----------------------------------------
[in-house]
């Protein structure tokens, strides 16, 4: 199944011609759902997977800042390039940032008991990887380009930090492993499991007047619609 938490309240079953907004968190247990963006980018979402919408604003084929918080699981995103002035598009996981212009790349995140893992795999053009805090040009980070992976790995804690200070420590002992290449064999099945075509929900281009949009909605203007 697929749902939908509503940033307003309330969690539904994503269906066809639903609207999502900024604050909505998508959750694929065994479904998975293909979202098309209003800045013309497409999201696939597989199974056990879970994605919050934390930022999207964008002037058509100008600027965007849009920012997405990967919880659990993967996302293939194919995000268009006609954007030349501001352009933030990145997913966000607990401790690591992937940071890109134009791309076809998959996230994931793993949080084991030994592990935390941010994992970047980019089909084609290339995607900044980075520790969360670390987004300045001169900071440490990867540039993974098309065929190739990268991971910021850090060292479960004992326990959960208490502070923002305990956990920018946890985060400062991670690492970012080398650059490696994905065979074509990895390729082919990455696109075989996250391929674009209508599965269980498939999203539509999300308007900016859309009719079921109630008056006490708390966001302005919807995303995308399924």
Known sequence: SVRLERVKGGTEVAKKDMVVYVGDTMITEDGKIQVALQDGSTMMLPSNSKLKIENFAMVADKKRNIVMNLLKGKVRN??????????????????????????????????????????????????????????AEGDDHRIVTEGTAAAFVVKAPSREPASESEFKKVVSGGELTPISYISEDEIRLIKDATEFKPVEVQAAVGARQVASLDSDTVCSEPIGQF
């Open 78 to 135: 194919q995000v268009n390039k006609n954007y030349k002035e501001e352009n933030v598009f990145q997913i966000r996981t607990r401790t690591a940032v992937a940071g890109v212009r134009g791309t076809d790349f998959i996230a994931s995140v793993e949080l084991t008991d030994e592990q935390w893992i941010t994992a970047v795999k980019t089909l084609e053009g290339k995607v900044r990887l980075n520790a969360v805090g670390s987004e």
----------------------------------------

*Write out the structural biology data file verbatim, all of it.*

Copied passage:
[in-house]
């Protein structure tokens, strides 16, 4: 199944011609759902997977800042390039940032008991990887380009930090492993499991007047619609 938490309240079953907004968190247990963006980018979402919408604003084929918080699981995103002035598009996981212009790349995140893992795999053009805090040009980070992976790995804690200070420590002992290449064999099945075509929900281009949009909605203007 697929749902939908509503940033307003309330969690539904994503269906066809639903609207999502900024604050909505998508959750694929065994479904998975293909979202098309209003800045013309497409999201696939597989199974056990879970994605919050934390930022999207964008002037058509100008600027965007849009920012997405990967919880659990993967996302293939194919995000268009006609954007030349501001352009933030990145997913966000607990401790690591992937940071890109134009791309076809998959996230994931793993949080084991030994592990935390941010994992970047980019089909084609290339995607900044980075520790969360670390987004300045001169900071440490990867540039993974098309065929190739990268991971910021850090060292479960004992326990959960208490502070923002305990956990920018946890985060400062991670690492970012080398650059490696994905065979074509990895390729082919990455696109075989996250391929674009209508599965269980498939999203539509999300308007900016859309009719079921109630008056006490708390966001302005919807995303995308399924």
Known sequence: SVRLERVKGGTEVAKKDMVVYVGDTMITEDGKIQVALQDGSTMMLPSNSKLKIENFAMVADKKRNIVMNLLKGKVRN??????????????????????????????????????????????????????????AEGDDHRIVTEGTAAAFVVKAPSREPASESEFKKVVSGGELTPISYISEDEIRLIKDATEFKPVEVQAAVGARQVASLDSDTVCSEPIGQF
């Open 78 to 135: 194919q995000v268009n390039k006609n954007y030349k002035e501001e352009n933030v598009f990145q997913i966000r996981t607990r401790t690591a940032v992937a940071g890109v212009r134009g791309t076809d790349f998959i996230a994931s995140v793993e949080l084991t008991d030994e592990q935390w893992i941010t994992a970047v795999k980019t089909l084609e053009g290339k995607v900044r990887l980075n520790a969360v805090g670390s987004e």